a) Naloxone
    b) Diazepam
    c) Dantrolene
    d) Flumazenil
    e) Neostigmine

    Your answer is D
    The correct answer is D
    Explanation
    Anexate, or Flumazenil, an imidazobenzodiazepine, is a benzodiazepine antagonist which blocks the central effects of agents that act via the benzodiazepine receptor, by competitive inhibition. The antagonism is specific, since in animal experiments the effects of compounds which have no affinity for the benzodiazepine receptor (e.g., barbiturates, meprobamate, ethanol, GABA-mimetics, and adenosine receptor agonists) were not affected by flumazenil.

    For the complete or partial reversal of the central sedative effects of benzodiazepines. It may therefore be used in anesthesia and intensive care in the following situations: termination of general anesthesia induced and/or maintained with benzodiazepines, reversal of benzodiazepine sedation in short diagnostic and therapeutic procedures, for the diagnosis and/or management of deliberate or accidental benzodiazepine overdosage.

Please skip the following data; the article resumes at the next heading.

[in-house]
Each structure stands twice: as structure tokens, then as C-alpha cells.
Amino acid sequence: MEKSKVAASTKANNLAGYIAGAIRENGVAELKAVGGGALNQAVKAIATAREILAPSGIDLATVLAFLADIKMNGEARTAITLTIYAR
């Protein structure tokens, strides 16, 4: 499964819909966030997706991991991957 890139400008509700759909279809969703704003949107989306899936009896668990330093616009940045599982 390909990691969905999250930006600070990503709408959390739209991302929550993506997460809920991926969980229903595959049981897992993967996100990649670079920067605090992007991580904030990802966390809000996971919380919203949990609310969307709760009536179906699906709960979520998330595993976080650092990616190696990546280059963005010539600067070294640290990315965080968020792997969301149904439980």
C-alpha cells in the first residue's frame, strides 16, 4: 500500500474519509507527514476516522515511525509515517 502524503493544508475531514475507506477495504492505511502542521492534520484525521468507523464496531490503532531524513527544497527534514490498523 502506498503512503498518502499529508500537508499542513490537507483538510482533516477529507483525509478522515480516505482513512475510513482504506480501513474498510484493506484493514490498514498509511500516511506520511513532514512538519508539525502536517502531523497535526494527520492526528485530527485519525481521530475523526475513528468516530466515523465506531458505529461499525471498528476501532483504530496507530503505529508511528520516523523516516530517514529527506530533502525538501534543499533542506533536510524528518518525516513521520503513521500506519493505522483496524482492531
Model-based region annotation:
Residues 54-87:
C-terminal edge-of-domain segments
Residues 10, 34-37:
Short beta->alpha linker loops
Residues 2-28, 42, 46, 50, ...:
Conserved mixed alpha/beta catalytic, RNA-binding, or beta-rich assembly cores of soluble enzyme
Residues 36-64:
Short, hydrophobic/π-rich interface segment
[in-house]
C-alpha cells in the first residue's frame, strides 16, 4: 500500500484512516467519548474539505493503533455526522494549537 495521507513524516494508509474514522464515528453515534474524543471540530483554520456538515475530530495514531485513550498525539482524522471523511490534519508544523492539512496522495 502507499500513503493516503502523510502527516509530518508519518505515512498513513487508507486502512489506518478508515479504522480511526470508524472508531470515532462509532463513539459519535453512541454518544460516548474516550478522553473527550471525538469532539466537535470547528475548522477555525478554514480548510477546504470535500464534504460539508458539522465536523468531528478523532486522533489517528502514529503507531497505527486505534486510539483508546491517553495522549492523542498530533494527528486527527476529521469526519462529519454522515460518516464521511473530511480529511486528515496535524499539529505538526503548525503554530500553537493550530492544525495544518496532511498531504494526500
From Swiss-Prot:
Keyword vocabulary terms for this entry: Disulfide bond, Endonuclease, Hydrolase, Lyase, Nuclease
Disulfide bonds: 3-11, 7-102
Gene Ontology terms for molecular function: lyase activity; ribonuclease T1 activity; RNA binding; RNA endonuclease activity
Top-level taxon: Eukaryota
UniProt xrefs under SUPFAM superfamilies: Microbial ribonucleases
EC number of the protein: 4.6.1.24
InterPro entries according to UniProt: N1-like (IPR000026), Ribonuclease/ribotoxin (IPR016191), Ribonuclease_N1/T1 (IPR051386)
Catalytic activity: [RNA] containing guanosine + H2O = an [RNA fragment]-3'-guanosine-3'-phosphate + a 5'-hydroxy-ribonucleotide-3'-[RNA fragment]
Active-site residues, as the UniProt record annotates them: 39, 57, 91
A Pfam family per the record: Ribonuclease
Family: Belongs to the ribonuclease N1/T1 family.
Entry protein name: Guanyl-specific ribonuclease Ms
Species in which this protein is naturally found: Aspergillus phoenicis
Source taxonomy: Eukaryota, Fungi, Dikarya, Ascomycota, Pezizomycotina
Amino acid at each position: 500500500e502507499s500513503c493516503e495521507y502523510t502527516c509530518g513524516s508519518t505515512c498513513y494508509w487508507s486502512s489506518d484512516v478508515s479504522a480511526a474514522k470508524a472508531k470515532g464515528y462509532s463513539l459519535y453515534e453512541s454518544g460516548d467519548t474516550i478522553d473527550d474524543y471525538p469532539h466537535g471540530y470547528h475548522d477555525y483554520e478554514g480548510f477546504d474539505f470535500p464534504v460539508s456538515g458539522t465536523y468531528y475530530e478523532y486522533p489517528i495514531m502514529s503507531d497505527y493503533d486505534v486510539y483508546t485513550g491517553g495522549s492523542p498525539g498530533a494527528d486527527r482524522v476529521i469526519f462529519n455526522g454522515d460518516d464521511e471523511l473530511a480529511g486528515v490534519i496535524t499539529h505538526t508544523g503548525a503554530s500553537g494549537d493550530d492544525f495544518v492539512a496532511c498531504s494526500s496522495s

Combination. 6369 Question number 11
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    according to Vaughan Williams Classification of antiarrhythmic Drugs, which class would bretylium be in ?
    a) class 1A
    b) class 1B
    c) class 1C
    d) class II
    e) class IV

    Your answer is C
    The correct answer is D
    Explanation
    Class II
    - decrease potential for arrhythmias to develop in response to catecholamines
    - eg bretylium: blocks release of sympathetic transmitters
    - beta blockers: competitive antagonists and also block possible arrhythmogenic effect of cAMP
    - indirect blockade of Ca channel opening by attenuating adrenergic activation

    Combination. 936 Question number 12
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    A 72 year old man homeless man dies in suspicious circumstances and an autopsy is performed. On autopsy there was evidence of discrete areas of epithelioid macrophages in his lungs, approximately 1 mm in diameter. The area is surrounded by lymphocytes. There are other areas that are much larger that contain multinucleated giant cells. Which of the following can lead to this response?
    a) pneumococcus
    b) Mycobacteria
    c) salmonella
    d) Shigella
    e) Clostridium tetani

    Your answer is B
    The correct answer is B
    Explanation